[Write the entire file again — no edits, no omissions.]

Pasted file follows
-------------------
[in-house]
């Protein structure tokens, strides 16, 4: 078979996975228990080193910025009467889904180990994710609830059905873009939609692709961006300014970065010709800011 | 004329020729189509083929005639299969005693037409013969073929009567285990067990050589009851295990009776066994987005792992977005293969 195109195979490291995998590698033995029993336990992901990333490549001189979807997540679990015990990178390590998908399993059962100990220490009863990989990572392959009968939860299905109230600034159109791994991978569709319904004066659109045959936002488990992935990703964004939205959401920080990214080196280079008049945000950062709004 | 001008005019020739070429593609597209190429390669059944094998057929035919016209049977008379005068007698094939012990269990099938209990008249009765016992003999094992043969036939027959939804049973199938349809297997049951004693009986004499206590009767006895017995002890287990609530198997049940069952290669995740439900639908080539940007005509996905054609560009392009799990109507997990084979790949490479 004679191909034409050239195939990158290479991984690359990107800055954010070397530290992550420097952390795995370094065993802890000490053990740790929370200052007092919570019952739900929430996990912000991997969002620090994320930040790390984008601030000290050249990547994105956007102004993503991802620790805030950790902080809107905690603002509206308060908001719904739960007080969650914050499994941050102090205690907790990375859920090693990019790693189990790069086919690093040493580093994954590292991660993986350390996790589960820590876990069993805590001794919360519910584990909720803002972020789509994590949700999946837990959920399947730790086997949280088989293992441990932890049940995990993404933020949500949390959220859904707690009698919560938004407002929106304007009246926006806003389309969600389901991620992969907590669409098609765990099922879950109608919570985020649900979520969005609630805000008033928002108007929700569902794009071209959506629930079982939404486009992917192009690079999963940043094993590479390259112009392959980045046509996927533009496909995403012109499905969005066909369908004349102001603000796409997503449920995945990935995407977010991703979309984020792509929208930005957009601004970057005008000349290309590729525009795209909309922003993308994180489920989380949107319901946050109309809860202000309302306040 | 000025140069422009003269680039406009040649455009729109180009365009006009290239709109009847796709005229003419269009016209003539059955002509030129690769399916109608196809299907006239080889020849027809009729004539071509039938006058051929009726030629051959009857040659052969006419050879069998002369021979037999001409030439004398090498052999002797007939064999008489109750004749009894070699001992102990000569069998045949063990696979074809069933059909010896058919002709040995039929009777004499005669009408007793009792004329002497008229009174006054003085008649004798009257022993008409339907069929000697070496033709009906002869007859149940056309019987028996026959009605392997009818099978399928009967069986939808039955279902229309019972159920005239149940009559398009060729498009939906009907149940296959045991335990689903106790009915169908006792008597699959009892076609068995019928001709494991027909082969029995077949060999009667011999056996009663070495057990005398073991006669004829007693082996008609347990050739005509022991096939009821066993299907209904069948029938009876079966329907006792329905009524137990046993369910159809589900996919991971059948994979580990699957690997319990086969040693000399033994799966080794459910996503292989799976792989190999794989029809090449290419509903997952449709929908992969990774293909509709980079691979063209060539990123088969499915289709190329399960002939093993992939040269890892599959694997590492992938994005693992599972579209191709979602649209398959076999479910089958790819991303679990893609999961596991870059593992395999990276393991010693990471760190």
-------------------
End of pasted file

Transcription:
[in-house]
């Protein structure tokens, strides 16, 4: 078979996975228990080193910025009467889904180990994710609830059905873009939609692709961006300014970065010709800011 | 004329020729189509083929005639299969005693037409013969073929009567285990067990050589009851295990009776066994987005792992977005293969 195109195979490291995998590698033995029993336990992901990333490549001189979807997540679990015990990178390590998908399993059962100990220490009863990989990572392959009968939860299905109230600034159109791994991978569709319904004066659109045959936002488990992935990703964004939205959401920080990214080196280079008049945000950062709004 | 001008005019020739070429593609597209190429390669059944094998057929035919016209049977008379005068007698094939012990269990099938209990008249009765016992003999094992043969036939027959939804049973199938349809297997049951004693009986004499206590009767006895017995002890287990609530198997049940069952290669995740439900639908080539940007005509996905054609560009392009799990109507997990084979790949490479 004679191909034409050239195939990158290479991984690359990107800055954010070397530290992550420097952390795995370094065993802890000490053990740790929370200052007092919570019952739900929430996990912000991997969002620090994320930040790390984008601030000290050249990547994105956007102004993503991802620790805030950790902080809107905690603002509206308060908001719904739960007080969650914050499994941050102090205690907790990375859920090693990019790693189990790069086919690093040493580093994954590292991660993986350390996790589960820590876990069993805590001794919360519910584990909720803002972020789509994590949700999946837990959920399947730790086997949280088989293992441990932890049940995990993404933020949500949390959220859904707690009698919560938004407002929106304007009246926006806003389309969600389901991620992969907590669409098609765990099922879950109608919570985020649900979520969005609630805000008033928002108007929700569902794009071209959506629930079982939404486009992917192009690079999963940043094993590479390259112009392959980045046509996927533009496909995403012109499905969005066909369908004349102001603000796409997503449920995945990935995407977010991703979309984020792509929208930005957009601004970057005008000349290309590729525009795209909309922003993308994180489920989380949107319901946050109309809860202000309302306040 | 000025140069422009003269680039406009040649455009729109180009365009006009290239709109009847796709005229003419269009016209003539059955002509030129690769399916109608196809299907006239080889020849027809009729004539071509039938006058051929009726030629051959009857040659052969006419050879069998002369021979037999001409030439004398090498052999002797007939064999008489109750004749009894070699001992102990000569069998045949063990696979074809069933059909010896058919002709040995039929009777004499005669009408007793009792004329002497008229009174006054003085008649004798009257022993008409339907069929000697070496033709009906002869007859149940056309019987028996026959009605392997009818099978399928009967069986939808039955279902229309019972159920005239149940009559398009060729498009939906009907149940296959045991335990689903106790009915169908006792008597699959009892076609068995019928001709494991027909082969029995077949060999009667011999056996009663070495057990005398073991006669004829007693082996008609347990050739005509022991096939009821066993299907209904069948029938009876079966329907006792329905009524137990046993369910159809589900996919991971059948994979580990699957690997319990086969040693000399033994799966080794459910996503292989799976792989190999794989029809090449290419509903997952449709929908992969990774293909509709980079691979063209060539990123088969499915289709190329399960002939093993992939040269890892599959694997590492992938994005693992599972579209191709979602649209398959076999479910089958790819991303679990893609999961596991870059593992395999990276393991010693990471760190």